Its a truth universally acknowledged , that beloved dogs leave their adoring humans and trot across the rainbow bridge to become memories. The humans deal with their loss by talking and sharing, by vowing never to keep another mutt capable of fracturing their heart, by getting another dog to remind them that life goes on, by embroidering pictures or keeping them as profile pictures on social media.
The last two years had given me opportunities galore to figure out the method which works best for me. From March 2016, when beloved Biskit moved on, to loosing Luchi in a freak accident in August 2016, and finally watching Pepper move on last September , there have been days when I could feel the dogs running beside me, nights when I would dream about spaniel ears and dopey eyes, and grief which seemed to abate only after sharing here. Condolences, comforting words, counsel, caring support– all this and more has come our way, after writing my heart out.
So today, when beloved spaniel Gypsy has vanished like a soap bubble bursting in the breeze, sleep will come only after this ritual of writing and sharing is done.
A black beauty with the shiniest coat possible, a black bazooka with no idea of direction or place when chasing monkeys or birds, it was hard to click a picture of this darling dog who was the first adult dog to join the family. We had nurtured and trained puppies, but Gypsy was a gift to help me move past the loss of Pepper. And as luck would have it, she seemed to have every trait which made Pepper so special.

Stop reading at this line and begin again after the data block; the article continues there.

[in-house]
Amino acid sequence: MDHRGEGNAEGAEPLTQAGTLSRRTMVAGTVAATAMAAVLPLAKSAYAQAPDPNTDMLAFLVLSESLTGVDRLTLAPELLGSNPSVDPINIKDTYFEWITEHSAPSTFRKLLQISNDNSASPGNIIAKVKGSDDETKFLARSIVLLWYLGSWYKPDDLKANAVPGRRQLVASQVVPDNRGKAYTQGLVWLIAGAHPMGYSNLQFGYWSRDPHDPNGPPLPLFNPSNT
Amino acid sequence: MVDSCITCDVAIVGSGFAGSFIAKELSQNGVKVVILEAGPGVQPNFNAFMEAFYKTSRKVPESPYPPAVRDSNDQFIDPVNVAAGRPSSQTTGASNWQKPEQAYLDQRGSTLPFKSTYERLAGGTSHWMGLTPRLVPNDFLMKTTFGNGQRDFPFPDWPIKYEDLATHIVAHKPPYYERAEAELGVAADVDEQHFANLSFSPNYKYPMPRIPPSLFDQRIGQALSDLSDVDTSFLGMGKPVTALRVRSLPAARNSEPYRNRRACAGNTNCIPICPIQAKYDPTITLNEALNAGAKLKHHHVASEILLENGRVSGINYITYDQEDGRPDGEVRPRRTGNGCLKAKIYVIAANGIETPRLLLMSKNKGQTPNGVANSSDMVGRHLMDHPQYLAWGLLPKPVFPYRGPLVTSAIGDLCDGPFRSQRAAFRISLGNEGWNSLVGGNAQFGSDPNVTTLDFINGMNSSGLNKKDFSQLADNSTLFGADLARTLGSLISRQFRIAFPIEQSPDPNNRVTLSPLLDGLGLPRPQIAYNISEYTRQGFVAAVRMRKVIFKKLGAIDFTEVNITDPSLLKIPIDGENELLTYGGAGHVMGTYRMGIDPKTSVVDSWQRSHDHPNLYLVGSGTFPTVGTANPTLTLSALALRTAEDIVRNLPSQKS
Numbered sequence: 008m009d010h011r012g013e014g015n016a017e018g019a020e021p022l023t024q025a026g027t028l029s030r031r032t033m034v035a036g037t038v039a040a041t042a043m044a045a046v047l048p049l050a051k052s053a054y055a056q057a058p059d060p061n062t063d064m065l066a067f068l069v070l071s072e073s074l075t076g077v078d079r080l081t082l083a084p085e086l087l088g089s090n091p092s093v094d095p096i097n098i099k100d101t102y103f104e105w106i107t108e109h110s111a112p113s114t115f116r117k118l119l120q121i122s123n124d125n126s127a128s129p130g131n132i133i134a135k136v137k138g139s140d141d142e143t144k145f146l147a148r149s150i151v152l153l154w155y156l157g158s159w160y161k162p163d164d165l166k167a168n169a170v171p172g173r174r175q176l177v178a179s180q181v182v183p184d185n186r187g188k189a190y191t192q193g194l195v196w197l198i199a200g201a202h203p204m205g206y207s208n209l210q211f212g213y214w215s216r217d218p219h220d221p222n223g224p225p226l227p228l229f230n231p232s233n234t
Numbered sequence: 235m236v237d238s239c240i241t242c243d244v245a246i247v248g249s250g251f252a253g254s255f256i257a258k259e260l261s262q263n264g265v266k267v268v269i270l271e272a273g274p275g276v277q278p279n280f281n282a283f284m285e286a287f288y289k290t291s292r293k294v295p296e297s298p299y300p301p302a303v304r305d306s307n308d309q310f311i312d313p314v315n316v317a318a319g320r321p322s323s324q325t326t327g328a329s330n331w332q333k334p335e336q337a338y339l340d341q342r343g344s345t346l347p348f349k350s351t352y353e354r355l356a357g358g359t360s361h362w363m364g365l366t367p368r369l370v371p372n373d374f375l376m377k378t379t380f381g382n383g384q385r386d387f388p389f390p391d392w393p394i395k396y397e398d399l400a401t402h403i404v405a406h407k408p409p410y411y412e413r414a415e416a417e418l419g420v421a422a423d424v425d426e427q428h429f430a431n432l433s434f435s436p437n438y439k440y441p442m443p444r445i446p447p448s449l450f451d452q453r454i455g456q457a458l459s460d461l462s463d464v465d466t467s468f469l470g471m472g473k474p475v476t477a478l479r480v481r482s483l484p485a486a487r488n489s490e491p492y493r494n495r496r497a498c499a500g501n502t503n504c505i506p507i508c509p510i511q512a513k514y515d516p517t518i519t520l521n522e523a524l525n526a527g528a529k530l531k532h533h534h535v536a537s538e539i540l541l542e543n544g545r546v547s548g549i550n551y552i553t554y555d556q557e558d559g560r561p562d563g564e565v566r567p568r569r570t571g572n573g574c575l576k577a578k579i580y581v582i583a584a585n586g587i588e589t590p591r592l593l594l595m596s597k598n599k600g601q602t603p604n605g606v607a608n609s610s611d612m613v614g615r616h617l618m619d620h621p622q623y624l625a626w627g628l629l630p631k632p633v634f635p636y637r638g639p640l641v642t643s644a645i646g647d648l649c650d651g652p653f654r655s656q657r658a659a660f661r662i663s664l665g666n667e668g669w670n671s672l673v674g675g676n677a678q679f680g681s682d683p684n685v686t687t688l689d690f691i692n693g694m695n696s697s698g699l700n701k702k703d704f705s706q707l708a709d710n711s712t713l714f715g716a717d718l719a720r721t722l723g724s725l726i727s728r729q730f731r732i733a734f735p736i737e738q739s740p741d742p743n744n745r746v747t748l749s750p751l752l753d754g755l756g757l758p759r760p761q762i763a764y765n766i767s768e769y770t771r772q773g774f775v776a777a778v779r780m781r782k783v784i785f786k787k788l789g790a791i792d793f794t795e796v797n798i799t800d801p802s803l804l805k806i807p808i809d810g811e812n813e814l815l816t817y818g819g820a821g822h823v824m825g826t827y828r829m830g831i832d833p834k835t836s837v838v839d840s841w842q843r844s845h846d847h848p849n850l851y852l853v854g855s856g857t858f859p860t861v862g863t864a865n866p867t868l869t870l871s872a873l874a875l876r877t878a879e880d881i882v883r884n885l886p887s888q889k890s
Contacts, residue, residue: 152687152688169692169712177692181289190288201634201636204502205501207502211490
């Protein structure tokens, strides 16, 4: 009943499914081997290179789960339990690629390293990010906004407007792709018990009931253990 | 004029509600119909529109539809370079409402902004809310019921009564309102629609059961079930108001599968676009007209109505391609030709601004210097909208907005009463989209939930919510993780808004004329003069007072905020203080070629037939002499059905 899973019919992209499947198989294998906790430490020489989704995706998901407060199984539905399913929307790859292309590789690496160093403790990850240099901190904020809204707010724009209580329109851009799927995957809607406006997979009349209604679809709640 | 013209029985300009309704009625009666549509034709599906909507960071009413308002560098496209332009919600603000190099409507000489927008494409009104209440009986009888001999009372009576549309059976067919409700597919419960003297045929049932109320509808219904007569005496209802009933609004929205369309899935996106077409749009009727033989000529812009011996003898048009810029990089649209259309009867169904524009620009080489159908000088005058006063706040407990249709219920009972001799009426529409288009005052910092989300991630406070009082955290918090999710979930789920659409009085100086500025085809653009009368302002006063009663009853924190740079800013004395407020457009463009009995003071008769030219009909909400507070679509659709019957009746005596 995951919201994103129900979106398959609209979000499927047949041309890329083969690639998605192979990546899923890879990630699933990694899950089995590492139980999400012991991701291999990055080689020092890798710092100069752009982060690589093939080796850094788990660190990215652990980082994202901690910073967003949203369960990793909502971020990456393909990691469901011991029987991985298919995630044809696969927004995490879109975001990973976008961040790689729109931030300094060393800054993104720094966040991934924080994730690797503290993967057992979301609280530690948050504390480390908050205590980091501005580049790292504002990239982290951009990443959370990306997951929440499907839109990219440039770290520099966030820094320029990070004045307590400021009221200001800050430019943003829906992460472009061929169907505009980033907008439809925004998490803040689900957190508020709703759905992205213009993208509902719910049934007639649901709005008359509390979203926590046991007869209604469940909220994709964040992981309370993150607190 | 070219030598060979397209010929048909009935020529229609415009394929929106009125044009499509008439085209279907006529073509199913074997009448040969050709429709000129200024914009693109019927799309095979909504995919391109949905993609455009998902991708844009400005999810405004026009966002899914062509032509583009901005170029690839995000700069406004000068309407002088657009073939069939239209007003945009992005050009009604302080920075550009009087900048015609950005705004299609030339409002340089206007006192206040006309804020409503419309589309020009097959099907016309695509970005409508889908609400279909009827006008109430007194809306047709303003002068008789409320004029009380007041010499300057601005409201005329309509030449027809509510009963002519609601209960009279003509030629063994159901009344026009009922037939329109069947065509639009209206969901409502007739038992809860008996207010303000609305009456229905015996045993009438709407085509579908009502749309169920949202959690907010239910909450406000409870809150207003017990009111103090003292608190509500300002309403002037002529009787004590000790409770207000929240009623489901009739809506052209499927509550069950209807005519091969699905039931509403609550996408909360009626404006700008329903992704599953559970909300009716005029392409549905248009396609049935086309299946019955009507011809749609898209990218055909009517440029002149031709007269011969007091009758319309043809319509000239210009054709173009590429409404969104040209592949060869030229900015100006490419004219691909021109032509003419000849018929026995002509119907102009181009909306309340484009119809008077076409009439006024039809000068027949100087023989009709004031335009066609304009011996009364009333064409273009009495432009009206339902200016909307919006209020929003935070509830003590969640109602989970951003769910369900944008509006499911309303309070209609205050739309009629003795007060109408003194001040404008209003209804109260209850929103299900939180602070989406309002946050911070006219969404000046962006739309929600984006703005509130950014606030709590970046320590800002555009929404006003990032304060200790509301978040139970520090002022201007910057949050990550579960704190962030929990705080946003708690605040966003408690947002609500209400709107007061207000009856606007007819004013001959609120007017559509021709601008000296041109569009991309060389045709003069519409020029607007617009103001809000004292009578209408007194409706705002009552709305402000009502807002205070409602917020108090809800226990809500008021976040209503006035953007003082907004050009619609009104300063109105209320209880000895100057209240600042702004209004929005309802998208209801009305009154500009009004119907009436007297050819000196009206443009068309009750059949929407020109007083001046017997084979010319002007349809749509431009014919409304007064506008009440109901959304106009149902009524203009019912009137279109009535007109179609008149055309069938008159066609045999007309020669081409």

She came to us with boundless energy for walks, and endless need for loving. I just had to walk past her, and she would stretch out her paws on my legs and demand cuddling. In her ten months with us, she tried her best to dislocate my arm ( I took to walking in the forest, to save my limbs), and she did her utmost to lick out every wrinkle on my face.It was such a joy to have her at home, to watch the two dogs play and pull each other across the room, to laugh at her habit of walking away with my shoes.Mornings were all about tummy scratches, long licking sessions and prancing with my shoes or socks in her mouth. She ate quickly, she loved car rides, she liked to scare people with playful barking, and she lived to chase birds and monkeys.
And today, Gypsy died while doing what she loved most–chasing monkeys. She had just returned from another beloved pastime– driving around in the car, while balancing two paws on the window and greedily tasting the air rushing past her. I just had to pick up the keys and she would be at the door, waiting to jump into the car. It was such a joy to see her pure delight and her zingy way of living life…and it all ceased in a mini-second, when she flew in front of a moving tire.
No sounds, no pain, no yelping, no Gypsy.
She romped and roamed through the flat and through my mind and heart. She took all the loving and cuddling and adoring she needed for this lifetime, and moved on.
The hill folks have a beautiful phrase which puts it all in context, and which soothes the grieving heart, “Jab tak daana paani ka hisaab hai, tab tak jeena hai” ( Life is there only till when one’s quota of grain and water has not run out).
And while I pick up pieces of myself , while I try not to think too much about the thicket of oak trees which will be growing over the graves of Pepper and Gypsy, I also try to remind myself that there must be some Divine calculation which sends these beloved dogs who live a short wonderful life and who leave long wonderful memories.
Another day dawns… Its time for the knitters to arrive… time to reach out to a dear friend who’s watched her mother move on, to wish another friend on her birthday, to eat and walk and knit and live.
Time to delve into my mind, fish out her memories and feel her snorting, panting, loving soul around me. Till we meet again, my dear Gypsy, roam free and happy.